ADZ – Wied il-Ghasel Development Must Be Stopped (Press Release)

ADZ – Malta Green Youth has called on MEPA to halt further development in Wied il-Ghasel during next Thursday’s appeal. As the last remaining natural valley passing through a village-centre, which MEPA itself lists as an area of ecological importance, the valley should be protected accordingly.

Reuben Zammit, chairperson of ADZ, stated: “Irreversible damage has
already been done to the valley. Further incursions would deprive us
of yet another of our few remaining undeveloped areas and of what
little is left of our countryside and natural waterways. We therefore
join Alternattiva Demokratika, Nature Trust and Harsien Patrimonju
Mosti in clamouring for an end to this madness. MEPA cannot possibly
ignore the objections of 24,000 Maltese who hold the valley at heart.”

Last Sunday, around 20 individuals joined ADZ in an extensive tour of
the valley lasting over four hours. The tour was conducted by a
professional guide who pointed out the natural as well as historical
beauties of the valley and contrasted them with the man-made scar that the contested development constitutes.

Voting Age at 16

Alternattiva Demokratika has renewed its call for the voting age to be reduced to 16 for local, European and general elections.

Party leader Michael Briguglio said at a press conference that this would be a concrete change which entrusted young people with a key decision in their life, just as they were entrusted to take up employment and further their education.

Reuben Zammit, chairman of Green Youth, AD’s youth arm recalled that AD had lobbied for universal suffrage to be extended to 16-year olds since before the 2008 general elections.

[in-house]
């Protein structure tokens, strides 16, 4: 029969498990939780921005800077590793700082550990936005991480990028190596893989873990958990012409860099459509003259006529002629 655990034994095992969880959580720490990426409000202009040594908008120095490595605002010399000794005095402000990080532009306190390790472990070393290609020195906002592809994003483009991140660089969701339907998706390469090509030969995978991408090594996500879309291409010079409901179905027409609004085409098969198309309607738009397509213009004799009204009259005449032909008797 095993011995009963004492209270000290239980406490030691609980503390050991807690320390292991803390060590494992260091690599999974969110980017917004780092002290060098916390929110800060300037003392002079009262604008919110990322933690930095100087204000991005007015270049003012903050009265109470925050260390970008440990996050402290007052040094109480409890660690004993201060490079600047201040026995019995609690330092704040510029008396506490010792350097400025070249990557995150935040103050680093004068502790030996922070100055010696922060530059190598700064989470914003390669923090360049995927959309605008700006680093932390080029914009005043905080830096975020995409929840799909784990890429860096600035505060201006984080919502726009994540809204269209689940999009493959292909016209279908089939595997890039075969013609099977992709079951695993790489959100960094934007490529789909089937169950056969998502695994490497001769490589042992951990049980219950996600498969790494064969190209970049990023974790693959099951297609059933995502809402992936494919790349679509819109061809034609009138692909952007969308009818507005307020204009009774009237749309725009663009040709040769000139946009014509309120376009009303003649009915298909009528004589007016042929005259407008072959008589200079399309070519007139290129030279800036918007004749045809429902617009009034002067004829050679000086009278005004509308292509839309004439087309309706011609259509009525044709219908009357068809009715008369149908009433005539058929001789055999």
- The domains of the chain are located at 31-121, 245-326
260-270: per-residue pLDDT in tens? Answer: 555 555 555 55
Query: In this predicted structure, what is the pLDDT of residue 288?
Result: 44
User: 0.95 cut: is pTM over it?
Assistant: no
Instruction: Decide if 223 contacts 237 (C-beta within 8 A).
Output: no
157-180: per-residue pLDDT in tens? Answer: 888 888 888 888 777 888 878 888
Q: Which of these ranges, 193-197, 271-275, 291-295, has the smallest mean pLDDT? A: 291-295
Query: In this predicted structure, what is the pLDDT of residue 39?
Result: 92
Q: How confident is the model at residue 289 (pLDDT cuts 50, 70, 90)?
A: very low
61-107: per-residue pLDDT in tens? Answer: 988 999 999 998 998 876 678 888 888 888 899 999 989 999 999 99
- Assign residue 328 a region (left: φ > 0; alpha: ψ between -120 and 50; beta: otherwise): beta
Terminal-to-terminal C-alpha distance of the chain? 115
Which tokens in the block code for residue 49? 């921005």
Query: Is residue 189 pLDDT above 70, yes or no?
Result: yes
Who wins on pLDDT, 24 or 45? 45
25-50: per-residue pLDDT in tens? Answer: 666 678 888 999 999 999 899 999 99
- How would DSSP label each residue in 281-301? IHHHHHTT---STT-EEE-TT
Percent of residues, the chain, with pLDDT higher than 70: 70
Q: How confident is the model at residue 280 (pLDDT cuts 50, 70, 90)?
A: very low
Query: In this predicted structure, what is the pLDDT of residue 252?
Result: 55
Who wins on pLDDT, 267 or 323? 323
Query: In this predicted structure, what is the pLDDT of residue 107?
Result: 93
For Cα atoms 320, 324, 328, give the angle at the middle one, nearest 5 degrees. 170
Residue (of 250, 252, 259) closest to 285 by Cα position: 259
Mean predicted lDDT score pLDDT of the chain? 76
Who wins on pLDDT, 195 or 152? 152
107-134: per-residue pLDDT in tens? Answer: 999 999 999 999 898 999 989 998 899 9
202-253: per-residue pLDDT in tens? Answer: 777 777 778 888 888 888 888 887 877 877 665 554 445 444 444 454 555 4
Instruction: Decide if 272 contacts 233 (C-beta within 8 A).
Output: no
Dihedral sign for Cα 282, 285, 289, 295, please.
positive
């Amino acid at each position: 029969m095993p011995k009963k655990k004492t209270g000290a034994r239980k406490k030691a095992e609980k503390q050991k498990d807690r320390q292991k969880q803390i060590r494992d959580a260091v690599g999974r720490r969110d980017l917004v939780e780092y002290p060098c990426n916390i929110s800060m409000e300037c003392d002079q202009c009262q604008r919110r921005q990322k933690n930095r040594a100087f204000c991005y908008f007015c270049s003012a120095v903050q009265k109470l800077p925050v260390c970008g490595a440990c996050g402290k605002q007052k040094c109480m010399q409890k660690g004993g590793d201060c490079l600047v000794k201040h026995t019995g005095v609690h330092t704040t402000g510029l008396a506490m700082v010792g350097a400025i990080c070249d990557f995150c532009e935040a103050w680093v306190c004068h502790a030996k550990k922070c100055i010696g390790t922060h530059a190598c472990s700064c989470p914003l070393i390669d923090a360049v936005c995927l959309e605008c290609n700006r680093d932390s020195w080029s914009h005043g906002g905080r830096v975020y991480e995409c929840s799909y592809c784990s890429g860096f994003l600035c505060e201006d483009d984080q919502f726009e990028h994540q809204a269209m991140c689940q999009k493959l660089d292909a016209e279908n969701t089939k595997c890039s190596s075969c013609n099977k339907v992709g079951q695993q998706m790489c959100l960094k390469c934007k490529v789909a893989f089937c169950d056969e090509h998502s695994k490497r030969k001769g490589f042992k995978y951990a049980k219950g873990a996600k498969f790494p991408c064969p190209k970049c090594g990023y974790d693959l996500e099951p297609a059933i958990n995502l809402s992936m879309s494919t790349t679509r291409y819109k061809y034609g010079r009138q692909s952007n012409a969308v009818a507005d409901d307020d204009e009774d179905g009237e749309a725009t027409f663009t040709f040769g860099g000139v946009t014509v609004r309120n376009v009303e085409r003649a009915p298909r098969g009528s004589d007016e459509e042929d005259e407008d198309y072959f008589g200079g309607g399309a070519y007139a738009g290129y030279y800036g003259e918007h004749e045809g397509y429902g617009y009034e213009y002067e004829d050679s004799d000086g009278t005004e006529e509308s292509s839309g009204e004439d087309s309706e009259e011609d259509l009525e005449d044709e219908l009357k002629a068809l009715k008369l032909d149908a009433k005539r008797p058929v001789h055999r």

“Malta’s youth should be allowed to have a say as much as anyone else in politics, more so since today’s decisions and policies will form the world we must live in tomorrow.”

Behind a Digital Burqa

Though the relationship between Muslims and non-Muslims in Europe interests me a lot, I didn’t really follow the debate on whether the burqa should be banned or not. I believe the issue has been polarised by anti-Muslims who use it as an excuse to create fear of Muslims as well as by Islamists who want also want to create the fear that “they want to take away your religion”

I sympathise with neither.

On the issue itself, I think both sides have a point. When it comes to the rights of women, I’m completely against the ban. I believe a woman should be free to go out stark naked or fully clothed as long as she’s not coerced to do so.

On the other hand there’s the issue of security. Could a person use such a garment to hide his identity when committing a crime? Should someone be allowed to enter a bank if even her face is not recognizable? I think the answer is obvious.

There is a place however, where hiding your identity is completely permissible and it’s being done left, right and centre. This place is the Internet.

The example I will bring is also on the issue of Muslims in Europe (and the U.S)

I find this video completely disturbing and believe it is a threat to national security much more than a woman wearing a burqa.

First of all, the statistics are wrong – completely. If I get the numbers of how many Muslims are in Europe and how many children they have randomly from a bingo-bag, I’ll probably be more accurate.

Needless to say the speculation on those numbers on what will happen in 30 years time is pure fiction.

This video has already been seen more than 13 million times.

What I find most disturbing about this video is that we don’t know whose done it. All we have is a nom de plume “friendofmuslim”. Worse still, comments on the clip are disabled. (there are dozens of video clips like this on Youtube, made by different anonymous people since the statistics between one clip and another contradict themselves).